This timely collection allows us to hear firsthand the amazingly diverse voices of North American Muslim writers speaking for themselves. Stereotypes are overturned on every page. Shaped by an impressive interweaving of cultures, languages and ethnicities, these writers reflect on what it means to find home-especially when prejudices and distortions abound-and how powerful it can be to feel heard, recognized, welcomed. Through stories, essays and poems, they share their family lore, spiritual journeys, childhood dreams, and memories of homes they left. They offer prayers for our world. They show us how astonishingly vast and varied Muslim American identity and experiences really are-from Mi kmaq Muslims to Muslims whose ancestors came on the Mayflower; from Tunisian-Canadians to Puerto Ricans to Palestinians to Irish-American Muslims inspired to convert by reading Malcolm X, and more. In this chorus of unique voices, there is a unity-whether Muslim-born or a convert, immigrant or North-America-born, a seasoned elder or a budding young poet, each writer invites us to fall in love with their humanity.
Muslim American Writers at Home is a compelling compilation that sheds light on the lived experiences of Muslims from diverse backgrounds, living in Canada and the U.S. Works like this are especially important in our current times as it is critical that Muslim artists take ownership of their own stories and narratives.
– GAMA (Gathering All Muslim Artists)
These authentic, diverse and multidimensional voices lift “layers of ignorance” about Muslims and Islam as they take us beyond and beneath the mainstream, fake narrative. Interweavers of creativity and spirituality, these Muslim authors, whether born in, brought to, or fled to North America, take us to their “real” world of being “racialized, minoritized, and thus dehumanized,” via firsthand story-tellings of lived experiences, as we forge ahead toward understanding, faith, love, peace and justice, inshallah. An insightful, painful, impressive, hopeful read.
– Laila Hasib, Inked Resistance Islamic Publishing
At times heartbreaking and beautiful, and at times raw and unvarnished, this worthy anthology provides non-Muslim readers with the perfect antidote to the stereotypes that pervade popular media. This collection contains true gems.
– Graeme Truelove, author of Un-Canadian: Islamophobia in the True North
This anthology gives voice to diverse Americans and Canadians whose identities include being Muslim. These writings are moving, powerful, and a celebration of our common humanity. It is not a book to be read once and then stored on your library shelf. Rather, these stories should be shared and discussed with others so as to develop a greater understanding of the life experiences of North American Muslims.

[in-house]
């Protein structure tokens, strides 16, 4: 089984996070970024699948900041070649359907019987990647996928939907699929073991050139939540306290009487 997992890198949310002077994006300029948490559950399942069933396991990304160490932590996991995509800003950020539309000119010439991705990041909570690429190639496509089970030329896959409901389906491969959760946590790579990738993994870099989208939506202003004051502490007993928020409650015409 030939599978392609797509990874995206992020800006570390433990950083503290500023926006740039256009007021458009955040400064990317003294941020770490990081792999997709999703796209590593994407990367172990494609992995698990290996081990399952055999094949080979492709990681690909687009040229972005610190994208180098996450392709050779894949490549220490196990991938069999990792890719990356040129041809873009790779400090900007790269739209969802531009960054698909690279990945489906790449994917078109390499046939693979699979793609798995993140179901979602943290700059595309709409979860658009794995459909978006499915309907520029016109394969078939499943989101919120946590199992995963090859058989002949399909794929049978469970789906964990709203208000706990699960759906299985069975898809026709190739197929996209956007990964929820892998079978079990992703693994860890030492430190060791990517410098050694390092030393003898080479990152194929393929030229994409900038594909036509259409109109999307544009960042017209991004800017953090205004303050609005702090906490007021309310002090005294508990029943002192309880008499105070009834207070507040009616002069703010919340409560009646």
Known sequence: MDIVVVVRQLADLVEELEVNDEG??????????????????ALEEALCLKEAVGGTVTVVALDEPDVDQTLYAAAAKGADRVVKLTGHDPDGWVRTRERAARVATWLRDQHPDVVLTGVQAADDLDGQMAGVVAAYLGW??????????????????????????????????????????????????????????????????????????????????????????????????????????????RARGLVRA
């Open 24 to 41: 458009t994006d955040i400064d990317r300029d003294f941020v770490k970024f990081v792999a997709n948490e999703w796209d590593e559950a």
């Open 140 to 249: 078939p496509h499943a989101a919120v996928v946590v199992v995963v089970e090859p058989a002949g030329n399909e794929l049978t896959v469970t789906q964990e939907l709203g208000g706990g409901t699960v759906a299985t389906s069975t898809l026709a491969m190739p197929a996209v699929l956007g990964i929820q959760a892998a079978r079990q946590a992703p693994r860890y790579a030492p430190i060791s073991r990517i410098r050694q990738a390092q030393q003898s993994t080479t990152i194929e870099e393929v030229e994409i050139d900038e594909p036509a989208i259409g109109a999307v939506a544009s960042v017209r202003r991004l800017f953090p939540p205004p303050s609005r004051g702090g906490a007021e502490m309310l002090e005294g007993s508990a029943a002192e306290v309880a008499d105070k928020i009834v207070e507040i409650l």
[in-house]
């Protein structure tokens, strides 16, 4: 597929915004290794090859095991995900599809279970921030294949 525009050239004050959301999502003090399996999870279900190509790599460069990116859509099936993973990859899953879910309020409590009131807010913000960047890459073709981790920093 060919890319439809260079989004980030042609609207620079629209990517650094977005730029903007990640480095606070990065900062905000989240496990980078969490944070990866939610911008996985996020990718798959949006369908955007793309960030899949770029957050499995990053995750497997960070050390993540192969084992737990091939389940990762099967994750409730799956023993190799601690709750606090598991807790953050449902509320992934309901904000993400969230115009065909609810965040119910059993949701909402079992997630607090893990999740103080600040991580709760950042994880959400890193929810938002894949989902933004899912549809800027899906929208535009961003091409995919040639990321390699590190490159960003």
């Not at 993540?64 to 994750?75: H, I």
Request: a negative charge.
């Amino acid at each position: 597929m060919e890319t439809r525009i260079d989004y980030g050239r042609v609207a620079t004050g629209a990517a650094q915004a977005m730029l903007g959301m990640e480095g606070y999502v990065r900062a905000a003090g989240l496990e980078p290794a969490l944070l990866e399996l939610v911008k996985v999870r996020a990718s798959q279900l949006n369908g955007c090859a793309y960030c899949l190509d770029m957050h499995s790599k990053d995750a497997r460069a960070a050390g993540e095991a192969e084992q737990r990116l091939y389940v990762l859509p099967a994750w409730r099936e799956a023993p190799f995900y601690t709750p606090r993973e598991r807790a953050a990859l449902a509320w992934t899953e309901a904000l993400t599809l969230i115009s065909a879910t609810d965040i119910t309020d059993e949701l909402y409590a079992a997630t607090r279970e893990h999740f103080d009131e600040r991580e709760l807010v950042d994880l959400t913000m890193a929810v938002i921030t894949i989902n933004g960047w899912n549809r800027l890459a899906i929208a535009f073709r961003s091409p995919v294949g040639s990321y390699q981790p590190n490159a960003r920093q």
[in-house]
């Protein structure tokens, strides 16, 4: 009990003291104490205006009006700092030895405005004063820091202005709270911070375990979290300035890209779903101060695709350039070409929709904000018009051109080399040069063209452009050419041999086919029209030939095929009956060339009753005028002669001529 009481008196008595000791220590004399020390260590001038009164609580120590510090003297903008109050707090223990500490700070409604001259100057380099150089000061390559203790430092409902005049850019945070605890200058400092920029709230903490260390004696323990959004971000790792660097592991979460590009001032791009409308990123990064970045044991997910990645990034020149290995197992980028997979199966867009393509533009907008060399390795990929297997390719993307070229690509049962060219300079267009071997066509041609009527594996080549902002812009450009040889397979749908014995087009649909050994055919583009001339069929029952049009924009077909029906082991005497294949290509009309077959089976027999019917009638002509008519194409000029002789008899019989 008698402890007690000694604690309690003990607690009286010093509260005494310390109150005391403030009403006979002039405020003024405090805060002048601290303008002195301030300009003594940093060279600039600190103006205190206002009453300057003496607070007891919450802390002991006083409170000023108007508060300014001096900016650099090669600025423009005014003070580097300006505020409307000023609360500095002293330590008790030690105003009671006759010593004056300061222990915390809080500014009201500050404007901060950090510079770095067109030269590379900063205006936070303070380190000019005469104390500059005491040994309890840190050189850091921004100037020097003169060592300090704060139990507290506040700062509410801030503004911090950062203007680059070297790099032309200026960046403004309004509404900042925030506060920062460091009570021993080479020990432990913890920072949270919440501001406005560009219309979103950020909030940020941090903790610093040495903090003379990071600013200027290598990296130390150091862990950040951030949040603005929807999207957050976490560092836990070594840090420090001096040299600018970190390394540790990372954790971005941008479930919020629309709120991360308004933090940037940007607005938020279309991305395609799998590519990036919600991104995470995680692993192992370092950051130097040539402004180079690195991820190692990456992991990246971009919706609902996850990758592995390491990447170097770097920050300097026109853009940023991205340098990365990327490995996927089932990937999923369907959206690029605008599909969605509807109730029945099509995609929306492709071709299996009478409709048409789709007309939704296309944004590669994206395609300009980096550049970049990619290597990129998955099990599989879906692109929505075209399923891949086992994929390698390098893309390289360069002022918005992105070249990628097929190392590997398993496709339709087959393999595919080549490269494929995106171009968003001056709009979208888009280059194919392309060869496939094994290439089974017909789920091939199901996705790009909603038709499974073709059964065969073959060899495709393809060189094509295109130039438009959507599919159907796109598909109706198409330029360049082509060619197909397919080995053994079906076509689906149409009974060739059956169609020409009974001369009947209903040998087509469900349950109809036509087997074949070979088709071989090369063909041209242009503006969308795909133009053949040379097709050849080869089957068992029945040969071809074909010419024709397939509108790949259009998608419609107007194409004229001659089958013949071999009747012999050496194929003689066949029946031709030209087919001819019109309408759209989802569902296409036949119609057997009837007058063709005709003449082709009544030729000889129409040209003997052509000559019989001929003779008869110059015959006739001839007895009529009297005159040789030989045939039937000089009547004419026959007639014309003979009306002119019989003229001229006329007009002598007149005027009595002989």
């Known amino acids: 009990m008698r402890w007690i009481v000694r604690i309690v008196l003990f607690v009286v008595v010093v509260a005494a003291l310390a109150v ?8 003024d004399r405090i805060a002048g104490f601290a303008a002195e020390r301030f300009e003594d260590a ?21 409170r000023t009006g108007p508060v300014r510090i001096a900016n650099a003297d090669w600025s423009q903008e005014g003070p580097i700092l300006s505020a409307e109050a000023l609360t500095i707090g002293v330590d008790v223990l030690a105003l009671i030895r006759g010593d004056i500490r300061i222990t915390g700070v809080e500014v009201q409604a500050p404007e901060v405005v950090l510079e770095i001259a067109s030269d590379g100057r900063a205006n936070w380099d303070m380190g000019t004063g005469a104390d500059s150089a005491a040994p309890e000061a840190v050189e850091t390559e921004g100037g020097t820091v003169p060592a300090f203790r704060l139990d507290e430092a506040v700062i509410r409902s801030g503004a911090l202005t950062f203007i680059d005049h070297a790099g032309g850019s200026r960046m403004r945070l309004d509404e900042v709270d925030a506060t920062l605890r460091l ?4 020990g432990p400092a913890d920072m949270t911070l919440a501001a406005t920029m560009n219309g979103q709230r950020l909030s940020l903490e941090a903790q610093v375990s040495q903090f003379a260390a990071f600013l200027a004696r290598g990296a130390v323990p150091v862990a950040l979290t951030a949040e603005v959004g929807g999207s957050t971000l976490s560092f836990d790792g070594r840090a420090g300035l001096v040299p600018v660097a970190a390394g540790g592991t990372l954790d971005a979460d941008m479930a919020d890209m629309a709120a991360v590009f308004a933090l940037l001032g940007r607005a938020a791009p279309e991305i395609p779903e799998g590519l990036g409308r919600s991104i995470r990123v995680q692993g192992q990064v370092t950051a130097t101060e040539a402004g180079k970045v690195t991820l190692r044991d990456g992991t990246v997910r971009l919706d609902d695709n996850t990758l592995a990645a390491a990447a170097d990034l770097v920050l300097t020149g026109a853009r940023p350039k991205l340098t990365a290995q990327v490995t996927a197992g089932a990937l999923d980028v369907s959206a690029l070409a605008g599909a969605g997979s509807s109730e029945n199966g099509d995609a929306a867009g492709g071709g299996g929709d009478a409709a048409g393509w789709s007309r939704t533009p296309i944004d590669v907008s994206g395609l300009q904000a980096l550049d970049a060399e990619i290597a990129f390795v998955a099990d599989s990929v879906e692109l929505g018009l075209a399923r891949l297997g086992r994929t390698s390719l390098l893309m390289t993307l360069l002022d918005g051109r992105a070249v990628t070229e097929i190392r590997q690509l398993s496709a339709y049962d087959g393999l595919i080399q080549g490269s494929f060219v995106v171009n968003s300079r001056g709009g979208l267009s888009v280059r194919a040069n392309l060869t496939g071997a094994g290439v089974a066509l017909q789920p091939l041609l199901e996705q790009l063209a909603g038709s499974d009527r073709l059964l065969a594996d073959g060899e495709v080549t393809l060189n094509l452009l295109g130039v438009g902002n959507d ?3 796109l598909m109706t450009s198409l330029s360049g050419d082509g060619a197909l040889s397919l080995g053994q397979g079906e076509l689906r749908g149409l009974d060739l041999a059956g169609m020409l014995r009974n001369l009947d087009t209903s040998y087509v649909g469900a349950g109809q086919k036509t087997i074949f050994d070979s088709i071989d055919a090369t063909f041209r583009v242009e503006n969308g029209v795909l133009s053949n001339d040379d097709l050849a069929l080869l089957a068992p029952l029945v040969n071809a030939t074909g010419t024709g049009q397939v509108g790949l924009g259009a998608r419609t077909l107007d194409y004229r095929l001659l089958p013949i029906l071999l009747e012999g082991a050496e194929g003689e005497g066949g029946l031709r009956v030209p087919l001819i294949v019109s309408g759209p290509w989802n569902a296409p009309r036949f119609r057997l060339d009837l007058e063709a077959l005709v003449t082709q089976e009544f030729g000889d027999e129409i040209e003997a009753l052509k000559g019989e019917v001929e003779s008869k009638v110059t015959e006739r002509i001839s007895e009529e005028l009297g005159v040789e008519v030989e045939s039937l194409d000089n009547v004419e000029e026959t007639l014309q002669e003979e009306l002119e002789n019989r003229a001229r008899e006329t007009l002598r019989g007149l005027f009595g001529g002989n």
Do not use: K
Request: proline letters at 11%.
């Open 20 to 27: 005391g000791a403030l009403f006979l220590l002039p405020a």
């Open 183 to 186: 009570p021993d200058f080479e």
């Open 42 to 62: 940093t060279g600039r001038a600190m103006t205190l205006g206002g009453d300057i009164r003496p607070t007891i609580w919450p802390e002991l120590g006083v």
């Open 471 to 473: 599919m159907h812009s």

– Alia Hogben, Former Executive Director of the Canadian Council of Muslim Women.
These powerful, poignant, personal stories about being a Muslim in North America make for a compelling and very readable collection – one that cries out for our attention.
– Linda McQuaig, Canadian journalist & author
About the Editors
Valerie Behiery is a Canadian artist, writer, and academic whose life has been devoted to the arts, both their making and study. Committed to bringing visibility to underrepresented artists and convinced of
the power of the arts to encourage positive social change, her writing has been published in peer-reviewed journals, reference works, art catalogues, and freelance publications like Visual Arts News, Tribe, Nafas, and esse. A global nomad, Valerie has taught at universities in Canada, Turkey, and Saudi Arabia. She is currently finishing a post-master’s diploma in art therapy; having experienced the profound therapeutic effects of writing and artmaking, she seeks to help others do the same. When she has spare time, she enjoys walking, reading, and experiencing the lost art of peaceful farniente.
Kitty Costello is a San Francisco-based poet, writing workshop facilitator, editor, and a psychotherapist with a master’s degree in social psychology. She relishes writing as a tool for insight, healing, social justice and community building. She worked 30 years for the San Francisco Public Library, including 10 years driving the bookmobile
to underserved communities. Her poetry book, Upon Waking: New
and Selected Poems 1977-2017, was published in 2018. Poet friends who influenced her most include Beat Poet Diane di Prima, who taught her early on how to delve into the creative wellspring within, and Native Alaskan poet Mary TallMountain, with whom she shared the delights and transformative power of writing in community. Tai chi and chai tea are 2 favorite pastimes.
Hanan Hazime is a multidisciplinary artist, creative writer, community arts educator, and writing instructor living in Toronto.
She also identifies as a Lebanese-Canadian Muslim Feminist and Mad Pride Activist. Hanan’s writing has appeared in several publications including The Windsor Review, Generation Magazine, and Feckless
C*nt. Awards include the Alistair & Anita MacLeod Prize in Creative
Writing in 2011, and the Dr. Eugene McNamara Award for poetry in 2013. Her debut poetry chapbook Aorta was published by ZED Press in 2018. She’s currently working on her first novel thanks to an Ontario Arts Council grant. When not writing or creating art, Hanan enjoys reading fantasy novels, over-analyzing things, photo-blogging, dancing with faeries in the woods, and drinking copious amounts of tea. Instagram: @the.mad.muslimah. Website: HananHazime.com.